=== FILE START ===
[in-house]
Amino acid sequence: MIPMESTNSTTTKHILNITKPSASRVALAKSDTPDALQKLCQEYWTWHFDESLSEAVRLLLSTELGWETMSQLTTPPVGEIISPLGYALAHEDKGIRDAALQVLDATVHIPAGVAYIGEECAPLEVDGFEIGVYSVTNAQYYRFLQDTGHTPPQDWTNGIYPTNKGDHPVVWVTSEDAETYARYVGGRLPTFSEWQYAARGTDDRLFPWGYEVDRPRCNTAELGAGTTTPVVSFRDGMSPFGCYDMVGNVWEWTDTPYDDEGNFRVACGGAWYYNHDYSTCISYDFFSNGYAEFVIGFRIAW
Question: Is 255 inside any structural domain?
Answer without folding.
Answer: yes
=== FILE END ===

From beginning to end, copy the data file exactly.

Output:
[in-house]
Amino acid sequence: MIPMESTNSTTTKHILNITKPSASRVALAKSDTPDALQKLCQEYWTWHFDESLSEAVRLLLSTELGWETMSQLTTPPVGEIISPLGYALAHEDKGIRDAALQVLDATVHIPAGVAYIGEECAPLEVDGFEIGVYSVTNAQYYRFLQDTGHTPPQDWTNGIYPTNKGDHPVVWVTSEDAETYARYVGGRLPTFSEWQYAARGTDDRLFPWGYEVDRPRCNTAELGAGTTTPVVSFRDGMSPFGCYDMVGNVWEWTDTPYDDEGNFRVACGGAWYYNHDYSTCISYDFFSNGYAEFVIGFRIAW
Question: Is 255 inside any structural domain?
Answer without folding.
Answer: yes